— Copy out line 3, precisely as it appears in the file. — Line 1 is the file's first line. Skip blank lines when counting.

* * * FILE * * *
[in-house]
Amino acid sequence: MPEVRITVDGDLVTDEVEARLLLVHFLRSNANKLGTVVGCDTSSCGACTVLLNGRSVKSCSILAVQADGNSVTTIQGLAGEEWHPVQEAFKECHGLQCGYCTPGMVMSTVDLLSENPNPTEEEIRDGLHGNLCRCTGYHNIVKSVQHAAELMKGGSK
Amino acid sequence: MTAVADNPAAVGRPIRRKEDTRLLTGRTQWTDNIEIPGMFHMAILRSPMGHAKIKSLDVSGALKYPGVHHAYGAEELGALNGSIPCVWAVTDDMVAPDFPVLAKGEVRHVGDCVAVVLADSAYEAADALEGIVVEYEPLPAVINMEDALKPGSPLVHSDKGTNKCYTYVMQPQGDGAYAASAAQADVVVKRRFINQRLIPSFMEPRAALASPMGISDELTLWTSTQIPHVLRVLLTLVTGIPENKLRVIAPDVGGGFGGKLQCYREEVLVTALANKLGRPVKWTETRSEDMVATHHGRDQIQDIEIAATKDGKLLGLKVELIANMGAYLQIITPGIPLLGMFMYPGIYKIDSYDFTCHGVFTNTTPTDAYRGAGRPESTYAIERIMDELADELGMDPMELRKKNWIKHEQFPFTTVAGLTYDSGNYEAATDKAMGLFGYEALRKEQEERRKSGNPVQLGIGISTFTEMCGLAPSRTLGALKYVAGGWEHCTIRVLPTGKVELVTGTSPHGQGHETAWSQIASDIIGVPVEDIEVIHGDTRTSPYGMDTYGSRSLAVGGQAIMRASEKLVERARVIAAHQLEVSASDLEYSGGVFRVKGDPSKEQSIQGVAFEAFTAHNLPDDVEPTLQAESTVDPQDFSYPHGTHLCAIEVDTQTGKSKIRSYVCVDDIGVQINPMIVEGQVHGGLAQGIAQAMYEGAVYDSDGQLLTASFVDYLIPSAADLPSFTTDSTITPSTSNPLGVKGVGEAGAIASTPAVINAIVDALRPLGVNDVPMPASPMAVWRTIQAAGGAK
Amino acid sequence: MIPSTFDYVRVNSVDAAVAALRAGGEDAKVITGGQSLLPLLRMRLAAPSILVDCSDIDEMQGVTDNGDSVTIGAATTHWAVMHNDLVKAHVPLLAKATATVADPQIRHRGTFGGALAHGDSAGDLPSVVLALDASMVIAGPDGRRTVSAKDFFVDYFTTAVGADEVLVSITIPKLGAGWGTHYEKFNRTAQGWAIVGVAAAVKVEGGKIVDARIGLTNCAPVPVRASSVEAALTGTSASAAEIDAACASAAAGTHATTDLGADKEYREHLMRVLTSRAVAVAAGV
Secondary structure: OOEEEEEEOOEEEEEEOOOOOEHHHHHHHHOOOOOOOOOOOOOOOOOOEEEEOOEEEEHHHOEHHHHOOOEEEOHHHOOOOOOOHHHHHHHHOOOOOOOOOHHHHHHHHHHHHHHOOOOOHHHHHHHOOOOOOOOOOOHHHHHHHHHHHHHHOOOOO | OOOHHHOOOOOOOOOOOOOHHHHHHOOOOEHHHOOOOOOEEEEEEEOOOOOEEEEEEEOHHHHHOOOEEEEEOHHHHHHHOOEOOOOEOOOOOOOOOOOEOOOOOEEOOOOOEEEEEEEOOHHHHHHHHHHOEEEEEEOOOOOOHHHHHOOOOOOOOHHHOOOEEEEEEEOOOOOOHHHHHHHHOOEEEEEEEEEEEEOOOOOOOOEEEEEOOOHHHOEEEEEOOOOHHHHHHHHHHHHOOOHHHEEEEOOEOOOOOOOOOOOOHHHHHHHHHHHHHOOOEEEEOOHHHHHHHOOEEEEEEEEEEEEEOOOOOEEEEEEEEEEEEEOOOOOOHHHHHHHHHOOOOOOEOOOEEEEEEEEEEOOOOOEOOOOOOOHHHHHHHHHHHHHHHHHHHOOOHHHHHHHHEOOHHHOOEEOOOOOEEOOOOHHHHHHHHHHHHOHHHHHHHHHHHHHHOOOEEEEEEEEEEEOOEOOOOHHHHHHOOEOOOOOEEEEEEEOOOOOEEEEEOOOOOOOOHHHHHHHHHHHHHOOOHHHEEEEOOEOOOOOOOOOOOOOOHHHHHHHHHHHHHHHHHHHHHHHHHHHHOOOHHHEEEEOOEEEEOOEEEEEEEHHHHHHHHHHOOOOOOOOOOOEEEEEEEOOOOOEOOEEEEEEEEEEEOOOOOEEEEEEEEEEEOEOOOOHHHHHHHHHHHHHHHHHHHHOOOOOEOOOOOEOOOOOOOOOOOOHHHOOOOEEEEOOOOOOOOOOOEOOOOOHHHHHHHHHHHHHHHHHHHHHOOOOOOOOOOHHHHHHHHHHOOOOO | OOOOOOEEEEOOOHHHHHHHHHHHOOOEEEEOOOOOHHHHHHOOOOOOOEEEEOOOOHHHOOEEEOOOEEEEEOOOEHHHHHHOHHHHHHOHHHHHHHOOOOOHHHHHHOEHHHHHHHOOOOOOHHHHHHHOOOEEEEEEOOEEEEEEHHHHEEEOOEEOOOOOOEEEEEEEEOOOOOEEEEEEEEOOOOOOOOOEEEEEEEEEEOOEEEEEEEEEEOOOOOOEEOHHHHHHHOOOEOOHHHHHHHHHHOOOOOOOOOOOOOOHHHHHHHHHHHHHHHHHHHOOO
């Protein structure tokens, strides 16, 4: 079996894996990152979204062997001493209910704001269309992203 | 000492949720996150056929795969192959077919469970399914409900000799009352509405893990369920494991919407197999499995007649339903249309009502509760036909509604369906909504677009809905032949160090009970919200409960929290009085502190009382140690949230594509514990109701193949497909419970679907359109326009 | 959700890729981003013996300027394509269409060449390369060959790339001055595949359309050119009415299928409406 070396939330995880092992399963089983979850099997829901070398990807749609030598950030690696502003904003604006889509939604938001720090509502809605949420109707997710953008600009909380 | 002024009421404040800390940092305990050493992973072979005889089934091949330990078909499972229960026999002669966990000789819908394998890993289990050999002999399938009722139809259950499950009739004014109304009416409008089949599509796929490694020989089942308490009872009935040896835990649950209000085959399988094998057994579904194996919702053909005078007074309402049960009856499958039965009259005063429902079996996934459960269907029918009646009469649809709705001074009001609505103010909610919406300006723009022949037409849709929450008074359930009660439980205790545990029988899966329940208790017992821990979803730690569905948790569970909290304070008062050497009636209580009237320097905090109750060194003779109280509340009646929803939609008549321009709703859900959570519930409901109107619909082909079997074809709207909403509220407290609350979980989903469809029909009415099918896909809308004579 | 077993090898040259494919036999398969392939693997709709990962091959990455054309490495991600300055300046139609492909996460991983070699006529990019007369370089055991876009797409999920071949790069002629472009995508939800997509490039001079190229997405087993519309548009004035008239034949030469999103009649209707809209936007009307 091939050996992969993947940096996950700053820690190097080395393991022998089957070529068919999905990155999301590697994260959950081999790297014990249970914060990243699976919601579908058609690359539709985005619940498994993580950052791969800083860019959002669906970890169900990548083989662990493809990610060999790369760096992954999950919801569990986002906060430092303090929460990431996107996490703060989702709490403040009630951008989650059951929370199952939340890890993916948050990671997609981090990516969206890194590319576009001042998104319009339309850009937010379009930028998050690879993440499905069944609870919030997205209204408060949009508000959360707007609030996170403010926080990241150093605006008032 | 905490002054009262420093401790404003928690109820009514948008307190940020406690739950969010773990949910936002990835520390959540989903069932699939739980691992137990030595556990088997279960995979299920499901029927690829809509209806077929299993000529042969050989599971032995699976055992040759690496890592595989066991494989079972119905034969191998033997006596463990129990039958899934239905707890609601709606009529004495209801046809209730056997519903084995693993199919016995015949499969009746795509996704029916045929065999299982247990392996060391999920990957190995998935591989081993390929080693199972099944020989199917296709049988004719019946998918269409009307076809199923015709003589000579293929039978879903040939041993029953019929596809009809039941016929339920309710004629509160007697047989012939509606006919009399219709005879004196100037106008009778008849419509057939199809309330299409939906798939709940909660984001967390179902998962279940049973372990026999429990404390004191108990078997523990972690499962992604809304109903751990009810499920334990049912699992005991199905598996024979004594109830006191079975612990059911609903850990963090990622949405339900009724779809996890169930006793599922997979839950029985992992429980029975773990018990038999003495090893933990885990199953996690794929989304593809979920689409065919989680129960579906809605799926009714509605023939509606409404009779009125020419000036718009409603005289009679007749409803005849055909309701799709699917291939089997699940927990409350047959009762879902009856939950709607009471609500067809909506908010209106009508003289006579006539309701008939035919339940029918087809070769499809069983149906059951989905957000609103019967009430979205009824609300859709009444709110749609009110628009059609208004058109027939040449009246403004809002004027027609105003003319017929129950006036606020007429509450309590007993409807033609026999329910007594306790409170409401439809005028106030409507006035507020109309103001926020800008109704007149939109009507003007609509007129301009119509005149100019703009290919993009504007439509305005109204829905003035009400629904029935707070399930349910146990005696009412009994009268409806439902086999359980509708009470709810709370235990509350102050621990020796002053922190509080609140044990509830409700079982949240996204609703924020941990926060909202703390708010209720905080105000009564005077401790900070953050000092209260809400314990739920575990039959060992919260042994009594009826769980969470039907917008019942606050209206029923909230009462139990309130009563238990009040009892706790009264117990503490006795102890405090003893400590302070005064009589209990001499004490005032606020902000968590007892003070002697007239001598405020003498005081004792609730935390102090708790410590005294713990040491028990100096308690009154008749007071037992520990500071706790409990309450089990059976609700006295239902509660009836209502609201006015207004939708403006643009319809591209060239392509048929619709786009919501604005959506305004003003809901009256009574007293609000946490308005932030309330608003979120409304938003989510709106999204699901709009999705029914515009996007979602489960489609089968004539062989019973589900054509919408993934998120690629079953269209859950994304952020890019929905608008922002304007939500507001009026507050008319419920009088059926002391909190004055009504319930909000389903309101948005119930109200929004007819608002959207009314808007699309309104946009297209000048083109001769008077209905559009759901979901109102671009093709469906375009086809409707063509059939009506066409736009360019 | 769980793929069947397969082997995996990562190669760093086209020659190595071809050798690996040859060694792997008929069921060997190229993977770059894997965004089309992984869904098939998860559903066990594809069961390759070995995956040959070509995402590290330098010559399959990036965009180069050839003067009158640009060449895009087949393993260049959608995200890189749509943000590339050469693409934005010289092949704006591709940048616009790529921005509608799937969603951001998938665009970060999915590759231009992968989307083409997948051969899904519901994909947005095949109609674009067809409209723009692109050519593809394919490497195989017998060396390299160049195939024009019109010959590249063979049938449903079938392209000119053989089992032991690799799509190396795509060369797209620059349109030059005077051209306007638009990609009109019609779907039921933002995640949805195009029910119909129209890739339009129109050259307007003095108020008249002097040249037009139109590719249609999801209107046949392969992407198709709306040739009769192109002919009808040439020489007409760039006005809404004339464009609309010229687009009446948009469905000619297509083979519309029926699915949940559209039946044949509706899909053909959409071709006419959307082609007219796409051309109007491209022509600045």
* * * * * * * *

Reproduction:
Amino acid sequence: MTAVADNPAAVGRPIRRKEDTRLLTGRTQWTDNIEIPGMFHMAILRSPMGHAKIKSLDVSGALKYPGVHHAYGAEELGALNGSIPCVWAVTDDMVAPDFPVLAKGEVRHVGDCVAVVLADSAYEAADALEGIVVEYEPLPAVINMEDALKPGSPLVHSDKGTNKCYTYVMQPQGDGAYAASAAQADVVVKRRFINQRLIPSFMEPRAALASPMGISDELTLWTSTQIPHVLRVLLTLVTGIPENKLRVIAPDVGGGFGGKLQCYREEVLVTALANKLGRPVKWTETRSEDMVATHHGRDQIQDIEIAATKDGKLLGLKVELIANMGAYLQIITPGIPLLGMFMYPGIYKIDSYDFTCHGVFTNTTPTDAYRGAGRPESTYAIERIMDELADELGMDPMELRKKNWIKHEQFPFTTVAGLTYDSGNYEAATDKAMGLFGYEALRKEQEERRKSGNPVQLGIGISTFTEMCGLAPSRTLGALKYVAGGWEHCTIRVLPTGKVELVTGTSPHGQGHETAWSQIASDIIGVPVEDIEVIHGDTRTSPYGMDTYGSRSLAVGGQAIMRASEKLVERARVIAAHQLEVSASDLEYSGGVFRVKGDPSKEQSIQGVAFEAFTAHNLPDDVEPTLQAESTVDPQDFSYPHGTHLCAIEVDTQTGKSKIRSYVCVDDIGVQINPMIVEGQVHGGLAQGIAQAMYEGAVYDSDGQLLTASFVDYLIPSAADLPSFTTDSTITPSTSNPLGVKGVGEAGAIASTPAVINAIVDALRPLGVNDVPMPASPMAVWRTIQAAGGAK